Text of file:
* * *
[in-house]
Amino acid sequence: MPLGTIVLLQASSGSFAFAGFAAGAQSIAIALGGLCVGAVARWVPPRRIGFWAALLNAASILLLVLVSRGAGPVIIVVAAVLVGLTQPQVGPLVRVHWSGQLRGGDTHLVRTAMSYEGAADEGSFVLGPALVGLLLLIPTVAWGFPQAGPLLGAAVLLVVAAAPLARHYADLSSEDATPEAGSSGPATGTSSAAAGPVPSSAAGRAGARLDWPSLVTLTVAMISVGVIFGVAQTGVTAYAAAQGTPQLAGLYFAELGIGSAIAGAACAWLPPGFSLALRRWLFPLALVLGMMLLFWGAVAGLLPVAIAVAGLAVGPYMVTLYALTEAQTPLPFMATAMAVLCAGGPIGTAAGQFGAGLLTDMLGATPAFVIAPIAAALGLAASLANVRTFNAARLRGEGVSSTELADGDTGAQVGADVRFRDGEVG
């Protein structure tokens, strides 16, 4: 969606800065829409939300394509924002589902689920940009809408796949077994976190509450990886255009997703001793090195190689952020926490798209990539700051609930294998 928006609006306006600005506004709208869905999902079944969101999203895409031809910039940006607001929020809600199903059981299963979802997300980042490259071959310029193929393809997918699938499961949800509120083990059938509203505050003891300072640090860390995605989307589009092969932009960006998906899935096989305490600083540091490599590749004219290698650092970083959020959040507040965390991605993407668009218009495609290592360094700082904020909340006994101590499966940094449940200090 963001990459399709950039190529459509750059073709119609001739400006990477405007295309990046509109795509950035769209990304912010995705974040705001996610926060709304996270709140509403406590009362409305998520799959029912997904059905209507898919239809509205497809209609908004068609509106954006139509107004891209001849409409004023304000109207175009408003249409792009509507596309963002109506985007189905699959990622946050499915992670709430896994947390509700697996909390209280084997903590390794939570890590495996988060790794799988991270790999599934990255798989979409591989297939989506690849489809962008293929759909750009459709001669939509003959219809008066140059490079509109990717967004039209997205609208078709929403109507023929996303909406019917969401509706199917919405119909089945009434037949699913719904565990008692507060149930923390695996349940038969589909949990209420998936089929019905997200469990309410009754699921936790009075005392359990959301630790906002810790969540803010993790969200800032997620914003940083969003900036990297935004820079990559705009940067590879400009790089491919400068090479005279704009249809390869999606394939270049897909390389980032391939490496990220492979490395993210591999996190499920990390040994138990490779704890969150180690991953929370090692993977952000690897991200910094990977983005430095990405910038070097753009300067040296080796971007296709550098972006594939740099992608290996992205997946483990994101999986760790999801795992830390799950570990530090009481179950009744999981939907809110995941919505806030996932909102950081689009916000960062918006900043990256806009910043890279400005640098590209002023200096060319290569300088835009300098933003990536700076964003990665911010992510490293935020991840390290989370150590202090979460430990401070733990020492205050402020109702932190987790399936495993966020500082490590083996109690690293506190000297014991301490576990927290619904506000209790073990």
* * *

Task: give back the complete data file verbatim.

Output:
[in-house]
Amino acid sequence: MPLGTIVLLQASSGSFAFAGFAAGAQSIAIALGGLCVGAVARWVPPRRIGFWAALLNAASILLLVLVSRGAGPVIIVVAAVLVGLTQPQVGPLVRVHWSGQLRGGDTHLVRTAMSYEGAADEGSFVLGPALVGLLLLIPTVAWGFPQAGPLLGAAVLLVVAAAPLARHYADLSSEDATPEAGSSGPATGTSSAAAGPVPSSAAGRAGARLDWPSLVTLTVAMISVGVIFGVAQTGVTAYAAAQGTPQLAGLYFAELGIGSAIAGAACAWLPPGFSLALRRWLFPLALVLGMMLLFWGAVAGLLPVAIAVAGLAVGPYMVTLYALTEAQTPLPFMATAMAVLCAGGPIGTAAGQFGAGLLTDMLGATPAFVIAPIAAALGLAASLANVRTFNAARLRGEGVSSTELADGDTGAQVGADVRFRDGEVG
């Protein structure tokens, strides 16, 4: 969606800065829409939300394509924002589902689920940009809408796949077994976190509450990886255009997703001793090195190689952020926490798209990539700051609930294998 928006609006306006600005506004709208869905999902079944969101999203895409031809910039940006607001929020809600199903059981299963979802997300980042490259071959310029193929393809997918699938499961949800509120083990059938509203505050003891300072640090860390995605989307589009092969932009960006998906899935096989305490600083540091490599590749004219290698650092970083959020959040507040965390991605993407668009218009495609290592360094700082904020909340006994101590499966940094449940200090 963001990459399709950039190529459509750059073709119609001739400006990477405007295309990046509109795509950035769209990304912010995705974040705001996610926060709304996270709140509403406590009362409305998520799959029912997904059905209507898919239809509205497809209609908004068609509106954006139509107004891209001849409409004023304000109207175009408003249409792009509507596309963002109506985007189905699959990622946050499915992670709430896994947390509700697996909390209280084997903590390794939570890590495996988060790794799988991270790999599934990255798989979409591989297939989506690849489809962008293929759909750009459709001669939509003959219809008066140059490079509109990717967004039209997205609208078709929403109507023929996303909406019917969401509706199917919405119909089945009434037949699913719904565990008692507060149930923390695996349940038969589909949990209420998936089929019905997200469990309410009754699921936790009075005392359990959301630790906002810790969540803010993790969200800032997620914003940083969003900036990297935004820079990559705009940067590879400009790089491919400068090479005279704009249809390869999606394939270049897909390389980032391939490496990220492979490395993210591999996190499920990390040994138990490779704890969150180690991953929370090692993977952000690897991200910094990977983005430095990405910038070097753009300067040296080796971007296709550098972006594939740099992608290996992205997946483990994101999986760790999801795992830390799950570990530090009481179950009744999981939907809110995941919505806030996932909102950081689009916000960062918006900043990256806009910043890279400005640098590209002023200096060319290569300088835009300098933003990536700076964003990665911010992510490293935020991840390290989370150590202090979460430990401070733990020492205050402020109702932190987790399936495993966020500082490590083996109690690293506190000297014991301490576990927290619904506000209790073990």